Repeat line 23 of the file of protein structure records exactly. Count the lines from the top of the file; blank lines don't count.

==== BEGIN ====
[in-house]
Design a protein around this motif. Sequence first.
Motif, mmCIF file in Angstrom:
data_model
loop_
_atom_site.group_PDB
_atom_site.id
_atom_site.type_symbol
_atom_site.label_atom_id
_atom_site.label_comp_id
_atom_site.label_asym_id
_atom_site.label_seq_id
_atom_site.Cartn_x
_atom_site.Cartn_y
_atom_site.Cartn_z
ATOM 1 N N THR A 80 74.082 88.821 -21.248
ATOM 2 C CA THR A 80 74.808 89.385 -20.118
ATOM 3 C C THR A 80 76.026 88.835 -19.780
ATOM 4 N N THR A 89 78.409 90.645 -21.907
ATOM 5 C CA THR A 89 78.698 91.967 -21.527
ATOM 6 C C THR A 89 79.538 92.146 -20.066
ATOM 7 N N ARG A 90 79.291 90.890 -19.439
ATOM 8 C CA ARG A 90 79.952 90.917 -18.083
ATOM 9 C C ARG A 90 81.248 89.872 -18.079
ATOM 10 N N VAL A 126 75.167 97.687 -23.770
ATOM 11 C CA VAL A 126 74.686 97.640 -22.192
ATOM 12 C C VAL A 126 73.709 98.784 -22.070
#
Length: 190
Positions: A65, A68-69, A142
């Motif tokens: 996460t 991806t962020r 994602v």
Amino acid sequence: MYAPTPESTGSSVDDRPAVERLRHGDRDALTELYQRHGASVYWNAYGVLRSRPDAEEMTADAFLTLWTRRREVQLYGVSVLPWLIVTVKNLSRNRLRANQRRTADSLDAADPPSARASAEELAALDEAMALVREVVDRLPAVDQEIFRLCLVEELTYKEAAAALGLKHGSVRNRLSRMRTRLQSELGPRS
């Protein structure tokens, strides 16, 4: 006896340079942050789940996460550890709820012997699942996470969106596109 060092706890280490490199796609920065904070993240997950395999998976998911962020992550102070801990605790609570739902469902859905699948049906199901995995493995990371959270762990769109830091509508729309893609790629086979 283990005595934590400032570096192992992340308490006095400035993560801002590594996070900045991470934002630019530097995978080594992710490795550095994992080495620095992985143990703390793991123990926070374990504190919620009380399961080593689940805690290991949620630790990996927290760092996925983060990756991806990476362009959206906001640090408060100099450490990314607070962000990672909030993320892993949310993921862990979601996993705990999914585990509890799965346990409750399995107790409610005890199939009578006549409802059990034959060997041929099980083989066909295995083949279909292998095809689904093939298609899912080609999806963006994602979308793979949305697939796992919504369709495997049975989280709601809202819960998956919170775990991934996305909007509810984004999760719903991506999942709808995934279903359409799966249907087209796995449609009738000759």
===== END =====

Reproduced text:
ATOM 8 C CA ARG A 90 79.952 90.917 -18.083